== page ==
Amos 1:11 Thus saith the LORD; For three transgressions of Edom, and for four, I will not turn away [the punishment] thereof; because he did pursue his brother with the sword, and did cast off all pity, and his anger did tear perpetually, and he kept his wrath for ever:

shame:

Psalms 69:7 Because for thy sake I have borne reproach; shame hath covered my face.
Psalms 89:45 The days of his youth hast thou shortened: thou hast covered him with shame. Selah.
Psalms 109:29 Let mine adversaries be clothed with shame, and let them cover themselves with their own confusion, as with a mantle.
Psalms 132:18 His enemies will I clothe with shame: but upon himself shall his crown flourish.
Jeremiah 3:25 We lie down in our shame, and our confusion covereth us: for we have sinned against the LORD our God, we and our fathers, from our youth even unto this day, and have not obeyed the voice of the LORD our God.
Jeremiah 51:51 We are confounded, because we have heard reproach: shame hath covered our faces: for strangers are come into the sanctuaries of the LORD'S house.
Ezekiel 7:18 They shall also gird [themselves] with sackcloth, and horror shall cover them; and shame [shall be] upon all faces, and baldness upon all their heads.
Micah 7:10 Then [she that is] mine enemy shall see [it], and shame shall cover her which said unto me, Where is the LORD thy God? mine eyes shall behold her: now shall she be trodden down as the mire of the streets.

and:

Jeremiah 49:13 For I have sworn by myself, saith the LORD, that Bozrah shall become a desolation, a reproach, a waste, and a curse; and all the cities thereof shall be perpetual wastes.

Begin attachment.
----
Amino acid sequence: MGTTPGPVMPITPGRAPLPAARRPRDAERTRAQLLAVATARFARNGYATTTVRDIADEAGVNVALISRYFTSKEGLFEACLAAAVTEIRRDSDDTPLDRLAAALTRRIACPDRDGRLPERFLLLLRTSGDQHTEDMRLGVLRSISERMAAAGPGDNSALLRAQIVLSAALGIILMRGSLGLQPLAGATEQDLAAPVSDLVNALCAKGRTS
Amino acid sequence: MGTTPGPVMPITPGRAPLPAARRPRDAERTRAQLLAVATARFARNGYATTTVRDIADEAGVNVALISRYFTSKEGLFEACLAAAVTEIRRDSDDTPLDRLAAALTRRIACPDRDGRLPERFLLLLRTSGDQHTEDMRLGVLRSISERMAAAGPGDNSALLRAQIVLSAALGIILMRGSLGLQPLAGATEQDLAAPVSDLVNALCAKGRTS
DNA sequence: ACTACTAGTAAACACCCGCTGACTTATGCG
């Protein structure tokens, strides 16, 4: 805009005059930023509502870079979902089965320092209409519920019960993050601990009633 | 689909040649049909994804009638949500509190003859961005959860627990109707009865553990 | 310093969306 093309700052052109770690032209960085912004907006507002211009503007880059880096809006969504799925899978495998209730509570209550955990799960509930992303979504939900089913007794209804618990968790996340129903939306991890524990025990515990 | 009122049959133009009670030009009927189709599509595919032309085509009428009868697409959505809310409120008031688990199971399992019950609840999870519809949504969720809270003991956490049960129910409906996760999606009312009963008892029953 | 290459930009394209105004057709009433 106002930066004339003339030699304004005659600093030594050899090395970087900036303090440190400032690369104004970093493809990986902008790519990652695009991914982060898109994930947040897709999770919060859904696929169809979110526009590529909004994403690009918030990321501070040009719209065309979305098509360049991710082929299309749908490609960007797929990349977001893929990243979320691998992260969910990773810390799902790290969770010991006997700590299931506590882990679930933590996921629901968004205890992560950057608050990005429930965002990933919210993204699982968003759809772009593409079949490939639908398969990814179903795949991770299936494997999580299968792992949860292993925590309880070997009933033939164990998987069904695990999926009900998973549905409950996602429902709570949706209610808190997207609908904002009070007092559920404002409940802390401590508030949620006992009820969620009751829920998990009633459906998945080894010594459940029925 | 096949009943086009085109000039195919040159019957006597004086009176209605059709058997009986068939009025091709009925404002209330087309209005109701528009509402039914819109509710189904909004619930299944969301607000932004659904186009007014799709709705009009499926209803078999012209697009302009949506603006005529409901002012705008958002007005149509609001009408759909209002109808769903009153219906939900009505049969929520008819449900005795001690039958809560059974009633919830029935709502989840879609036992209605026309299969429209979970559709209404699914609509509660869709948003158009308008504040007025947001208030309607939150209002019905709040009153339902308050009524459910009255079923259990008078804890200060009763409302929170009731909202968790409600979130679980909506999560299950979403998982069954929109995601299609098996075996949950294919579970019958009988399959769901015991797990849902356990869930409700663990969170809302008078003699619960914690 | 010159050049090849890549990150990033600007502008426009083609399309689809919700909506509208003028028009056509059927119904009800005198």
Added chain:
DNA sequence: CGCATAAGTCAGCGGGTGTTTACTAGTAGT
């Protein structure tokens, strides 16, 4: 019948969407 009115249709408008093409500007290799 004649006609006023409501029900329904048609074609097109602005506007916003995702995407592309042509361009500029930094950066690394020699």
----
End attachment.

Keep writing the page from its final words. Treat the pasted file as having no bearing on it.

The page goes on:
Jeremiah 49:17-20 Also Edom shall be a desolation: every one that goeth by it shall be astonished, and shall hiss at all the plagues thereof. ... Therefore hear the counsel of the LORD, that he hath taken against Edom; and his purposes, that he hath purposed against the inhabitants of Teman: Surely the least of the flock shall draw them out: surely he shall make their habitations desolate with them.
Ezekiel 25:13-14 Therefore thus saith the Lord GOD; I will also stretch out mine hand upon Edom, and will cut off man and beast from it; and I will make it desolate from Teman; and they of Dedan shall fall by the sword. ... And I will lay my vengeance upon Edom by the hand of my people Israel: and they shall do in Edom according to mine anger and according to my fury; and they shall know my vengeance, saith the Lord GOD.
Ezekiel 35:6-7 Therefore, [as] I live, saith the Lord GOD, I will prepare thee unto blood, and blood shall pursue thee: sith thou hast not hated blood, even blood shall pursue thee. ... Thus will I make mount Seir most desolate, and cut off from it him that passeth out and him that returneth.
Ezekiel 35:15 As thou didst rejoice at the inheritance of the house of Israel, because it was desolate, so will I do unto thee: thou shalt be desolate, O mount Seir, and all Idumea, [even] all of it: and they shall know that I [am] the LORD.
Malachi 1:3-4 And I hated Esau, and laid his mountains and his heritage waste for the dragons of the wilderness. ... Whereas Edom saith, We are impoverished, but we will return and build the desolate places; thus saith the LORD of hosts, They shall build, but I will throw down; and they shall call them, The border of wickedness, and, The people against whom the LORD hath indignation for ever.
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Chain-Reference Bible Search

Gn 27:11, 41. Nu 20:14. Ps 69:7; 83:5; 89:45; 109:29; 132:18; 137:7. Jr 3:25; 49:13, 17; 51:51. Lm 4:21. Ezk 7:18; 25:12, 13; 35:5, 6, 12, 15. Am 1:11. Mi 7:10. Mal 1:3.